Open Letter to the Vice President of China, Hu Jintao

Help support religious freedom and end use of torture in China! Sign this letter to the Chinese Consulate General to immediately and unconditionally release religious practitioners, and to fully respect the Chinese peoples' rights to religious and other freedoms. Your signature can make a difference, so act now!
Presented to: Chinese Consulate General
1450 Laguna St, San Francisco, CA 94115

Your Excellency,

During your recent visit to the US, according to reports in the press,
President Bush raised some of his concerns about human rights in China with
you. Apparently, you responded that religious freedom is China's policy.
We welcome your commitment to religious freedom. However, recent actions
of the Chinese government have not been consistent with this commitment.
In particular, Chinese Roman Catholics have continued to encounter
repression and persecution. Numerous Protestants have been placed under
arrest simply for attending church services. Followers of the Dalai Lama
are harshly treated in Tibet and often tortured for simply possessing his
photograph. Members of the Falun Gong and Zhonggong movements continue to
be imprisoned and thrown in reeducation labor camps where they are severely
mistreated. Muslims in Xinjiang and elsewhere are not being allowed to
freely practice their religion. And there are other examples. In numerous
cases, people have been imprisoned and tortured for trying to exercise the
freedom to which you say the Chinese government is committed. Amnesty
International has documented some of these cases in reports, which are
enclosed herewith.

Your forthcoming selection as leader of the Party and Government gives you
an unexampled opportunity, as well as responsibility, to correct these
abuses. The world community looks to you for leadership as China advances
into the twenty-first century, with the Olympics scheduled to take place in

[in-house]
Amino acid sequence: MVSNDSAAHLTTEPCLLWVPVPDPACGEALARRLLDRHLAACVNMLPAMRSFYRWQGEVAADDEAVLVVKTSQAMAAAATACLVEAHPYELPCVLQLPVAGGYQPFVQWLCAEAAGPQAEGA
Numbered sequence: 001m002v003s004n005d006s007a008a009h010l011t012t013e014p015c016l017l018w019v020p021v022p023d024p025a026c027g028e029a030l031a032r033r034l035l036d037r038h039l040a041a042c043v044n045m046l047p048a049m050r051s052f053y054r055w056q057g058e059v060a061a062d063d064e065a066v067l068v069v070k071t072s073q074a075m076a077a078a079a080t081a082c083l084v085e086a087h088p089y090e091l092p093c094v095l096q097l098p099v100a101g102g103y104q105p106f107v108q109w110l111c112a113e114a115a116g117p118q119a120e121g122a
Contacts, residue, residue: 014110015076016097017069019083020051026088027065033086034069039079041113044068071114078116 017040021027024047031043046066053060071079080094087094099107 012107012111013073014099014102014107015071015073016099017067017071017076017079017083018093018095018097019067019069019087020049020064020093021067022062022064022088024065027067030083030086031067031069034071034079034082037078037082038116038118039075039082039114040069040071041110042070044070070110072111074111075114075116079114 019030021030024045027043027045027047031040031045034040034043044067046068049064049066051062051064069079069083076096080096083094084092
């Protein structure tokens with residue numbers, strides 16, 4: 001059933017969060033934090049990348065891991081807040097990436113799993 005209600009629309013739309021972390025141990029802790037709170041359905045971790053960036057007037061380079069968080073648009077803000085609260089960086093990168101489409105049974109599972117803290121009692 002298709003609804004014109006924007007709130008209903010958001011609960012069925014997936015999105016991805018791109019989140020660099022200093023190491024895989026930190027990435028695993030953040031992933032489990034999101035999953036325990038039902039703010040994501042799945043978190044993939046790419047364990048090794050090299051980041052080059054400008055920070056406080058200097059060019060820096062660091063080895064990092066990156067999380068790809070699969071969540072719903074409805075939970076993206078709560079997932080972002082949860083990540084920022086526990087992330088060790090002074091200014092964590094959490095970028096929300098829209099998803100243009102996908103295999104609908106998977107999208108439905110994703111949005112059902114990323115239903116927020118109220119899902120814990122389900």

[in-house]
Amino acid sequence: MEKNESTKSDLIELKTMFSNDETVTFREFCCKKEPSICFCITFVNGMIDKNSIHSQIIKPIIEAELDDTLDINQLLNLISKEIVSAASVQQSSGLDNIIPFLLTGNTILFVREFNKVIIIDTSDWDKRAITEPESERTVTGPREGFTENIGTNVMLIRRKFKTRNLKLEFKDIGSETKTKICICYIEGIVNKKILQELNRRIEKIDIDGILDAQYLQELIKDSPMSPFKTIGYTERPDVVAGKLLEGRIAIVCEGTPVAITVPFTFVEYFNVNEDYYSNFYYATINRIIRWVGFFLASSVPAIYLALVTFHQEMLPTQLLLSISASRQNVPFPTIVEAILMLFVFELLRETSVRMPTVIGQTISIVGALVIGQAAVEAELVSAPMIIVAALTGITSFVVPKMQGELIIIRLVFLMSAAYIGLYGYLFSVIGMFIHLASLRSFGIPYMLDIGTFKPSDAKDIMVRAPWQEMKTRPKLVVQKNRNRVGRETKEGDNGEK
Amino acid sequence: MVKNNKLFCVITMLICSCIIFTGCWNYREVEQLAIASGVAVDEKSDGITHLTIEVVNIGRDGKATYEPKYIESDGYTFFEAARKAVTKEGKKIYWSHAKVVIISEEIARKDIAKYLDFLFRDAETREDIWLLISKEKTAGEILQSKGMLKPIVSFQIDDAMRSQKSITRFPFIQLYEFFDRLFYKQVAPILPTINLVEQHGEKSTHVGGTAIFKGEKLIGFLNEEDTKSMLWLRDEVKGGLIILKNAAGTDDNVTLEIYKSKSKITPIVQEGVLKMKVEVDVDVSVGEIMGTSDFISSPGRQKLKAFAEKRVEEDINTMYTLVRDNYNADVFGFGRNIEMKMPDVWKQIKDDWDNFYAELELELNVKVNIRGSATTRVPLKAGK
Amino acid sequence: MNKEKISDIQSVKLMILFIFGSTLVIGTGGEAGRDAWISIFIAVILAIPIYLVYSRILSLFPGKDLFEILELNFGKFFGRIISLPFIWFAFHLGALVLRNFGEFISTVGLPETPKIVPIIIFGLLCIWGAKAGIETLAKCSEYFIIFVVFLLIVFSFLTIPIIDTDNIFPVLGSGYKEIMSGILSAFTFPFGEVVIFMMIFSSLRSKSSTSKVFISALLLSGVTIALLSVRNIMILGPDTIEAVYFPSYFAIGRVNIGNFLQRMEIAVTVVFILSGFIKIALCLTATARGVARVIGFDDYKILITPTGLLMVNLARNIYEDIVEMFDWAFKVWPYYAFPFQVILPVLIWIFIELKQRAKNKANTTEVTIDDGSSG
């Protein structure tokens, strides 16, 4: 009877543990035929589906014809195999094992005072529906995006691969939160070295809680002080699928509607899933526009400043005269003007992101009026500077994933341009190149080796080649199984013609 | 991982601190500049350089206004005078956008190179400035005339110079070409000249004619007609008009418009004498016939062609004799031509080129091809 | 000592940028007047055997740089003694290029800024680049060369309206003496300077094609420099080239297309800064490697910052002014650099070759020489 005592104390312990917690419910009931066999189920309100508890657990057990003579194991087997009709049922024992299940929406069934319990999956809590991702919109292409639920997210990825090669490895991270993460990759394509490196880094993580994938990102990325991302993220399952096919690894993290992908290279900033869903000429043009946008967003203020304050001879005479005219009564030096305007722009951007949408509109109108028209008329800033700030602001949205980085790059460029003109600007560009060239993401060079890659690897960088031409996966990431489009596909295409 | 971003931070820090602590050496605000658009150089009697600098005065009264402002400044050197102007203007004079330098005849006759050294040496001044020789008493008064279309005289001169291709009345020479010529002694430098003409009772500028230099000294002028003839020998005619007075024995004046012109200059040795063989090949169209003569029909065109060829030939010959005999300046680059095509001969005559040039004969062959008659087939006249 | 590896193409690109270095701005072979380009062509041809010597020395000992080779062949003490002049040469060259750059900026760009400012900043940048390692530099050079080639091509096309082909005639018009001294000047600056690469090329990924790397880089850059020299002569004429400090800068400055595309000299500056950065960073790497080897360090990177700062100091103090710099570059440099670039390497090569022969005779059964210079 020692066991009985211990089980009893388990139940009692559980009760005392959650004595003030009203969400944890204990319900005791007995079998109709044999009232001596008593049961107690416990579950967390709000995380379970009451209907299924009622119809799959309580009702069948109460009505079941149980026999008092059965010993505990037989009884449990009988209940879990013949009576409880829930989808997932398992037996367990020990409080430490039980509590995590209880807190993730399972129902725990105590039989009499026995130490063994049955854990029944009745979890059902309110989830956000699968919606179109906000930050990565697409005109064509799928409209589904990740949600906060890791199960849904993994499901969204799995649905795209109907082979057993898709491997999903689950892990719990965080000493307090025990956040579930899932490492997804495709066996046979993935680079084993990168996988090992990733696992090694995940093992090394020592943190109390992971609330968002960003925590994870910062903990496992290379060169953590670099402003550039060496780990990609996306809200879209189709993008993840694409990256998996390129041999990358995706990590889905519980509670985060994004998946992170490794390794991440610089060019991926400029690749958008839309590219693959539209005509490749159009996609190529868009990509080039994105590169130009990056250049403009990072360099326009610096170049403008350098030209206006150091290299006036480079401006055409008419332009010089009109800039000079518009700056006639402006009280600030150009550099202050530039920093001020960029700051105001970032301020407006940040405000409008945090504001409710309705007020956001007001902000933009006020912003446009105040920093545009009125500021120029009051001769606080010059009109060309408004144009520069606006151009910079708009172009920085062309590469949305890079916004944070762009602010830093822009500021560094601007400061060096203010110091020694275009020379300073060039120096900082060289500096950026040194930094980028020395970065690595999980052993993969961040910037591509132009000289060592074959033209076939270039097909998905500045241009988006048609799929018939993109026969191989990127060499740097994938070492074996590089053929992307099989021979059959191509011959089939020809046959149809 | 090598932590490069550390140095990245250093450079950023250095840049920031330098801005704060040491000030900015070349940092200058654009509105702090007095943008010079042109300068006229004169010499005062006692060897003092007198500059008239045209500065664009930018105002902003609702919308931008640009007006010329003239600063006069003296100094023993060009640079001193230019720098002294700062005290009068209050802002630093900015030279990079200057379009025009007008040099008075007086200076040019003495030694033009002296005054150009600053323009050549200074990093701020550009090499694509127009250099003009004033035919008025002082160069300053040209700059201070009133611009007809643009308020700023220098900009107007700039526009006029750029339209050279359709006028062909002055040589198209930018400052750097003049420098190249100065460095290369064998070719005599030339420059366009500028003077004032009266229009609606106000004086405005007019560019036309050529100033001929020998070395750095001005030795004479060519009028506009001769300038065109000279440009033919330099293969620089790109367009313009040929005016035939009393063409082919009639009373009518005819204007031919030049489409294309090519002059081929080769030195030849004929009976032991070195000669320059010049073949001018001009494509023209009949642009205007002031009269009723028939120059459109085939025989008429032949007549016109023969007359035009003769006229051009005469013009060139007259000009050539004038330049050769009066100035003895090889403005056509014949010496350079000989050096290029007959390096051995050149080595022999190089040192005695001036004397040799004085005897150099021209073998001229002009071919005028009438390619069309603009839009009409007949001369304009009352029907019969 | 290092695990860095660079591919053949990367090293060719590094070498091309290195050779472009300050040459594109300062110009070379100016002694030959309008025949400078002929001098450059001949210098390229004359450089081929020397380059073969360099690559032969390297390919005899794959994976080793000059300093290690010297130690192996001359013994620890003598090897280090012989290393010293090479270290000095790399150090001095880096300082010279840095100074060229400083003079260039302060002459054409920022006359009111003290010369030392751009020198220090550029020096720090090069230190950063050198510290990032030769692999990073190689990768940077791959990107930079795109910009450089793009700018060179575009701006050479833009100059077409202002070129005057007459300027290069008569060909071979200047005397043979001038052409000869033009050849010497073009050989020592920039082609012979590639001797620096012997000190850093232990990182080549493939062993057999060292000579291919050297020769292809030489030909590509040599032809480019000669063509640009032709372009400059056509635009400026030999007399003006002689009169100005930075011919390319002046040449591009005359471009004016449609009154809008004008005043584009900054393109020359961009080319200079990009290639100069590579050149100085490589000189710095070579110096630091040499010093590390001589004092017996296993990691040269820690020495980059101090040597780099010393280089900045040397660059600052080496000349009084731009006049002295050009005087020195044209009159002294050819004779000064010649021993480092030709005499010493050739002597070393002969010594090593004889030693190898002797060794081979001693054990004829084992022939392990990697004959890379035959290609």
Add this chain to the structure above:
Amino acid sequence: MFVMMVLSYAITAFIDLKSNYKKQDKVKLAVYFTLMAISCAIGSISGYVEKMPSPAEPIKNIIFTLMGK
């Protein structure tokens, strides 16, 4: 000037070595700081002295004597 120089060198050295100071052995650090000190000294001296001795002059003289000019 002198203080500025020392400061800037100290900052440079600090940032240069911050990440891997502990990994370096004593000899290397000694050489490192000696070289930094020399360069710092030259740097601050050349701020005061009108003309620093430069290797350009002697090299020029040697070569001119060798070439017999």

Beijing in a few years. The right to religious freedom is a fundamental
human right. The Chinese government is committed to the Universal
Declaration of Human Rights as well as to numerous other treaties it has
ratified. However, hundreds of Tibetan Buddhist monks and nuns continue to
remain in prison, many of which are forced to work long hours under harsh
conditions and are subject to torture from prison guards. These torture
methods are brutal and sometimes include the use of electric shock batons,
particularly on sensitive areas such as the mouth or genitals. Nuns are
particularly vulnerable in prison and are often raped.

Meanwhile, religious persecution is carried on in the Xinjiang Province
under the guise of the Chinese Government's "war against terrorists".
Methods of torture by police authorities are particularly cruel in
Xinjiang, such as the insertion into the penis of horsehair or of a special
wire with small spikes which fold flat when it is inserted but extend when
pulled out. Followers of the Falun Gong and Zhonggong spiritual groups
face detention, unfair trials, torture and imprisonment as part of the
Chinese Government's continuing crackdown on what it considers "heretical
organizations." The death penalty and long prison sentences are imposed on
alleged leaders of such groups. Since the Falun Gong was banned in July
1999, Amnesty International has documented the deaths of more than 100
adherents in police custody.

Amnesty International USA appeals to you to lead China towards no tolerance
of torture. We call on you to immediately and unconditionally release
religious practitioners, and to fully respect the Chinese peoples' rights
to religious and other freedoms. We ask that you appoint an independent
body to investigate all allegations of torture of detained prisoners.
Furthermore, we ask that you institute:

-- Independent investigation into reports of the use of torture,
ill-treatment and deaths in custody of prisoners in China.

-- An immediate end to the high level of impunity that appears to exist in
the prisons in China by insisting that anybody found obstructing the
investigation of allegations of torture, concealing or destroying evidence,
or suppressing evidence provided by an autopsy, will be severely punished.

-- Immediate implementation of the obligation for the detaining authorities
to inform the family of a detainee's whereabouts within 24 hours.

-- An end to the practice of keeping detainees for prolonged periods in
incommunicado detention, and to seeking confession from suspects, both of
which foster the use of torture.

-- Giving effect to the detainees' right to have immediate access to a
lawyer, particularly during interrogation.

-- A program of widespread training on human and religious rights to be
carried out amongst all police and other law enforcement officials.

The world applauds China's economic reforms, and the rapid progress, which
has been made in raising the standard of living of its people. But without
an equal commitment to human rights, China will not fulfill its potential,
or indeed its obligation, to be a leader of the world in accord with its
great population and resources.


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